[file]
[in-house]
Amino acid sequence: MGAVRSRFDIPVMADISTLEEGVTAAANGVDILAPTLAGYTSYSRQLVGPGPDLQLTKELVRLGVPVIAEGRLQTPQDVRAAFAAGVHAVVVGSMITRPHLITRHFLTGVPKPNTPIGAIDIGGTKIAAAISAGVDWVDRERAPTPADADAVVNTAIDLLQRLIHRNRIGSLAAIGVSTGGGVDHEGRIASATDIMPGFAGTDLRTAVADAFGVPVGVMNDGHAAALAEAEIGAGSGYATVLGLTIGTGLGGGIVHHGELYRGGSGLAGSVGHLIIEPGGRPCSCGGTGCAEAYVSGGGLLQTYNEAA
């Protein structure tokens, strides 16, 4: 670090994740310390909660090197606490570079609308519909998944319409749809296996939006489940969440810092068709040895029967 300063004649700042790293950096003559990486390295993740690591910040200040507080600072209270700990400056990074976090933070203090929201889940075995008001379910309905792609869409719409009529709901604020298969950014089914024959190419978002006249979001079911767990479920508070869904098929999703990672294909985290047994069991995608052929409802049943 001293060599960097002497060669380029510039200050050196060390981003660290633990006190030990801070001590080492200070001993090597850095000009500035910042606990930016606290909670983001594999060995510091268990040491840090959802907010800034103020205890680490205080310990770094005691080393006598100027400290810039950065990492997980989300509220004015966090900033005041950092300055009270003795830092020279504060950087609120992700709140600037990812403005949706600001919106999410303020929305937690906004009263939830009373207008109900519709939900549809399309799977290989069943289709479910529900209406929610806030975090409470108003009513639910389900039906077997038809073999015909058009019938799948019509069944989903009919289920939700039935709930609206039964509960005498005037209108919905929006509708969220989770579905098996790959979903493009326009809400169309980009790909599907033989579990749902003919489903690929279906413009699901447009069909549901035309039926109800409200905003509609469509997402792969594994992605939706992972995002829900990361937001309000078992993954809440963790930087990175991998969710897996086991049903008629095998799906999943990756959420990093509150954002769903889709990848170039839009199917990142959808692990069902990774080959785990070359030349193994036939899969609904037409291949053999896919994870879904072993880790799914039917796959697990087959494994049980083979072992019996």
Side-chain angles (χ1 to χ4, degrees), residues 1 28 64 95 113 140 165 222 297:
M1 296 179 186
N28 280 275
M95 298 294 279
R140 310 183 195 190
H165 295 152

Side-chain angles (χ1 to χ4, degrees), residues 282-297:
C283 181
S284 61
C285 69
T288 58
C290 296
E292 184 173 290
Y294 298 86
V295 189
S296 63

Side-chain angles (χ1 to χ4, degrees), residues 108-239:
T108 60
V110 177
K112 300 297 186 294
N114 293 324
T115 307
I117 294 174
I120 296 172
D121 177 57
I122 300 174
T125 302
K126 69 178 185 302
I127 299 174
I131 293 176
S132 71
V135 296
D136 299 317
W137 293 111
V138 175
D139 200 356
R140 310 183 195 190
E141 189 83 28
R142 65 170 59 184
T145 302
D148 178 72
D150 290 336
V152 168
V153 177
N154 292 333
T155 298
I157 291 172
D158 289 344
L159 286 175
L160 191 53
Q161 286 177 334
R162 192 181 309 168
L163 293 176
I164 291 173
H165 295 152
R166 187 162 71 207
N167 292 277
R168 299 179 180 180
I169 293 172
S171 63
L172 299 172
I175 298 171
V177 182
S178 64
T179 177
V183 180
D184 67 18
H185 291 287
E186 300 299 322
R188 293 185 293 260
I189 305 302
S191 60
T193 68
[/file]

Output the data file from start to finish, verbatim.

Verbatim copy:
[in-house]
Amino acid sequence: MGAVRSRFDIPVMADISTLEEGVTAAANGVDILAPTLAGYTSYSRQLVGPGPDLQLTKELVRLGVPVIAEGRLQTPQDVRAAFAAGVHAVVVGSMITRPHLITRHFLTGVPKPNTPIGAIDIGGTKIAAAISAGVDWVDRERAPTPADADAVVNTAIDLLQRLIHRNRIGSLAAIGVSTGGGVDHEGRIASATDIMPGFAGTDLRTAVADAFGVPVGVMNDGHAAALAEAEIGAGSGYATVLGLTIGTGLGGGIVHHGELYRGGSGLAGSVGHLIIEPGGRPCSCGGTGCAEAYVSGGGLLQTYNEAA
């Protein structure tokens, strides 16, 4: 670090994740310390909660090197606490570079609308519909998944319409749809296996939006489940969440810092068709040895029967 300063004649700042790293950096003559990486390295993740690591910040200040507080600072209270700990400056990074976090933070203090929201889940075995008001379910309905792609869409719409009529709901604020298969950014089914024959190419978002006249979001079911767990479920508070869904098929999703990672294909985290047994069991995608052929409802049943 001293060599960097002497060669380029510039200050050196060390981003660290633990006190030990801070001590080492200070001993090597850095000009500035910042606990930016606290909670983001594999060995510091268990040491840090959802907010800034103020205890680490205080310990770094005691080393006598100027400290810039950065990492997980989300509220004015966090900033005041950092300055009270003795830092020279504060950087609120992700709140600037990812403005949706600001919106999410303020929305937690906004009263939830009373207008109900519709939900549809399309799977290989069943289709479910529900209406929610806030975090409470108003009513639910389900039906077997038809073999015909058009019938799948019509069944989903009919289920939700039935709930609206039964509960005498005037209108919905929006509708969220989770579905098996790959979903493009326009809400169309980009790909599907033989579990749902003919489903690929279906413009699901447009069909549901035309039926109800409200905003509609469509997402792969594994992605939706992972995002829900990361937001309000078992993954809440963790930087990175991998969710897996086991049903008629095998799906999943990756959420990093509150954002769903889709990848170039839009199917990142959808692990069902990774080959785990070359030349193994036939899969609904037409291949053999896919994870879904072993880790799914039917796959697990087959494994049980083979072992019996």
Side-chain angles (χ1 to χ4, degrees), residues 1 28 64 95 113 140 165 222 297:
M1 296 179 186
N28 280 275
M95 298 294 279
R140 310 183 195 190
H165 295 152

Side-chain angles (χ1 to χ4, degrees), residues 282-297:
C283 181
S284 61
C285 69
T288 58
C290 296
E292 184 173 290
Y294 298 86
V295 189
S296 63

Side-chain angles (χ1 to χ4, degrees), residues 108-239:
T108 60
V110 177
K112 300 297 186 294
N114 293 324
T115 307
I117 294 174
I120 296 172
D121 177 57
I122 300 174
T125 302
K126 69 178 185 302
I127 299 174
I131 293 176
S132 71
V135 296
D136 299 317
W137 293 111
V138 175
D139 200 356
R140 310 183 195 190
E141 189 83 28
R142 65 170 59 184
T145 302
D148 178 72
D150 290 336
V152 168
V153 177
N154 292 333
T155 298
I157 291 172
D158 289 344
L159 286 175
L160 191 53
Q161 286 177 334
R162 192 181 309 168
L163 293 176
I164 291 173
H165 295 152
R166 187 162 71 207
N167 292 277
R168 299 179 180 180
I169 293 172
S171 63
L172 299 172
I175 298 171
V177 182
S178 64
T179 177
V183 180
D184 67 18
H185 291 287
E186 300 299 322
R188 293 185 293 260
I189 305 302
S191 60
T193 68